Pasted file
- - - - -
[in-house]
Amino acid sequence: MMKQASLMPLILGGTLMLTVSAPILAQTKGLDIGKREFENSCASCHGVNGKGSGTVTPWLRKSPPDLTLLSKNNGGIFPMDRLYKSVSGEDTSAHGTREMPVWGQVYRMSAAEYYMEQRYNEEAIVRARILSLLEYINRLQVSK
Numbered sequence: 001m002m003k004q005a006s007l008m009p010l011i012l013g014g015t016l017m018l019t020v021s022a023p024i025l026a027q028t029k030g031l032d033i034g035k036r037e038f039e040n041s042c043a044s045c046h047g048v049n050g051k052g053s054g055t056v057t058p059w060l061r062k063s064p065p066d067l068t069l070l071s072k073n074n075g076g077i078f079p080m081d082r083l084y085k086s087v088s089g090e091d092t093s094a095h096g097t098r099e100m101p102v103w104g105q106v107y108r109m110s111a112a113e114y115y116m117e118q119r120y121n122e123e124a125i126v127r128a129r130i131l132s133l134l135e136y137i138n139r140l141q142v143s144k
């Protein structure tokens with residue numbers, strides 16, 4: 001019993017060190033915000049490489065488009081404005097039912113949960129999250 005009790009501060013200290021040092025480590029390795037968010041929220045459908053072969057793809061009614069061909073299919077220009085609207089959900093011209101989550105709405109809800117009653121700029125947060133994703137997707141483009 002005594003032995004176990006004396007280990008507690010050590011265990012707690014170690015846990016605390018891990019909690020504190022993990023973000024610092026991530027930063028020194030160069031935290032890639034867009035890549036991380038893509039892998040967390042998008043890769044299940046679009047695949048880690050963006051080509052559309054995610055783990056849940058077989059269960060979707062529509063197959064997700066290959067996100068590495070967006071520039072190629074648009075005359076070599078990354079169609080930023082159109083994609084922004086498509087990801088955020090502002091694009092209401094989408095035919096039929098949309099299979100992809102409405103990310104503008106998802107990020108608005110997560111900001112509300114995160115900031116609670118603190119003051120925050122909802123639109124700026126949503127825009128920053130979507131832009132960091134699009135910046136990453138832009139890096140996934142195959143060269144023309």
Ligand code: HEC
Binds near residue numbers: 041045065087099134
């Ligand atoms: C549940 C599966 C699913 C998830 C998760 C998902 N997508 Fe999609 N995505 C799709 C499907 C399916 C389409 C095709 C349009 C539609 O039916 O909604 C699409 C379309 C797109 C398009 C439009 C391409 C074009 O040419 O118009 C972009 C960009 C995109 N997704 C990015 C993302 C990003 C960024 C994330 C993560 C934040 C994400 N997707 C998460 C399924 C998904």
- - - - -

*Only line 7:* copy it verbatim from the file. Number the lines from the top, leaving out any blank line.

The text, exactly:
């Ligand atoms: C549940 C599966 C699913 C998830 C998760 C998902 N997508 Fe999609 N995505 C799709 C499907 C399916 C389409 C095709 C349009 C539609 O039916 O909604 C699409 C379309 C797109 C398009 C439009 C391409 C074009 O040419 O118009 C972009 C960009 C995109 N997704 C990015 C993302 C990003 C960024 C994330 C993560 C934040 C994400 N997707 C998460 C399924 C998904």